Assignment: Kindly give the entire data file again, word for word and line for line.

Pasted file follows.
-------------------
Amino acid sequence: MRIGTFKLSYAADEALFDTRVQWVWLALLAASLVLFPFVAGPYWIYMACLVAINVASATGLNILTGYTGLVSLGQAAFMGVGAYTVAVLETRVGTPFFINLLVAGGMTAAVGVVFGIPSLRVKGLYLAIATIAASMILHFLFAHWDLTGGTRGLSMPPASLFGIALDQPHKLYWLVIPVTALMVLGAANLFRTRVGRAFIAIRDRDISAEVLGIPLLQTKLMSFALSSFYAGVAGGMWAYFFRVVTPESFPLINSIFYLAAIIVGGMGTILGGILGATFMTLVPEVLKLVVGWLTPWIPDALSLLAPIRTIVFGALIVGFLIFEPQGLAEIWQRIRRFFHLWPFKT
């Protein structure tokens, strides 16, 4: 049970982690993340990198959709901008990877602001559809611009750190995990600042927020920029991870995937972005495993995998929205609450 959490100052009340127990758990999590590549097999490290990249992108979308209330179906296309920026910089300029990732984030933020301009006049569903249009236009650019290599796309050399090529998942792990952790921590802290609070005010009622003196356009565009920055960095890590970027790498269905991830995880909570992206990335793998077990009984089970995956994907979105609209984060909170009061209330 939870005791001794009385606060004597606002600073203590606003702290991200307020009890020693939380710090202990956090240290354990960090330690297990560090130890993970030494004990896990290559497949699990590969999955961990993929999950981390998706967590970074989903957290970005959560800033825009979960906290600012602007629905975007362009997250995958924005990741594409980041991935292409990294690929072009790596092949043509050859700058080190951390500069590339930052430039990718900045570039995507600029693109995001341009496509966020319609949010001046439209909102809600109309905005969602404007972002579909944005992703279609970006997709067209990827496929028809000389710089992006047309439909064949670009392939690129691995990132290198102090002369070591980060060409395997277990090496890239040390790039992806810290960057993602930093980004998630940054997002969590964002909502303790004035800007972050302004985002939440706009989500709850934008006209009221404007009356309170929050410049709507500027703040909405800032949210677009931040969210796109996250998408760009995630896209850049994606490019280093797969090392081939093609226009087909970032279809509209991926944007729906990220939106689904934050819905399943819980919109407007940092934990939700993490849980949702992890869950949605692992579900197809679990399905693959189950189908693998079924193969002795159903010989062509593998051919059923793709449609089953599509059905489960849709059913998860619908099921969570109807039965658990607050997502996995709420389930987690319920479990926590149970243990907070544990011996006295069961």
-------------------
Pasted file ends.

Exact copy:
Amino acid sequence: MRIGTFKLSYAADEALFDTRVQWVWLALLAASLVLFPFVAGPYWIYMACLVAINVASATGLNILTGYTGLVSLGQAAFMGVGAYTVAVLETRVGTPFFINLLVAGGMTAAVGVVFGIPSLRVKGLYLAIATIAASMILHFLFAHWDLTGGTRGLSMPPASLFGIALDQPHKLYWLVIPVTALMVLGAANLFRTRVGRAFIAIRDRDISAEVLGIPLLQTKLMSFALSSFYAGVAGGMWAYFFRVVTPESFPLINSIFYLAAIIVGGMGTILGGILGATFMTLVPEVLKLVVGWLTPWIPDALSLLAPIRTIVFGALIVGFLIFEPQGLAEIWQRIRRFFHLWPFKT
């Protein structure tokens, strides 16, 4: 049970982690993340990198959709901008990877602001559809611009750190995990600042927020920029991870995937972005495993995998929205609450 959490100052009340127990758990999590590549097999490290990249992108979308209330179906296309920026910089300029990732984030933020301009006049569903249009236009650019290599796309050399090529998942792990952790921590802290609070005010009622003196356009565009920055960095890590970027790498269905991830995880909570992206990335793998077990009984089970995956994907979105609209984060909170009061209330 939870005791001794009385606060004597606002600073203590606003702290991200307020009890020693939380710090202990956090240290354990960090330690297990560090130890993970030494004990896990290559497949699990590969999955961990993929999950981390998706967590970074989903957290970005959560800033825009979960906290600012602007629905975007362009997250995958924005990741594409980041991935292409990294690929072009790596092949043509050859700058080190951390500069590339930052430039990718900045570039995507600029693109995001341009496509966020319609949010001046439209909102809600109309905005969602404007972002579909944005992703279609970006997709067209990827496929028809000389710089992006047309439909064949670009392939690129691995990132290198102090002369070591980060060409395997277990090496890239040390790039992806810290960057993602930093980004998630940054997002969590964002909502303790004035800007972050302004985002939440706009989500709850934008006209009221404007009356309170929050410049709507500027703040909405800032949210677009931040969210796109996250998408760009995630896209850049994606490019280093797969090392081939093609226009087909970032279809509209991926944007729906990220939106689904934050819905399943819980919109407007940092934990939700993490849980949702992890869950949605692992579900197809679990399905693959189950189908693998079924193969002795159903010989062509593998051919059923793709449609089953599509059905489960849709059913998860619908099921969570109807039965658990607050997502996995709420389930987690319920479990926590149970243990907070544990011996006295069961």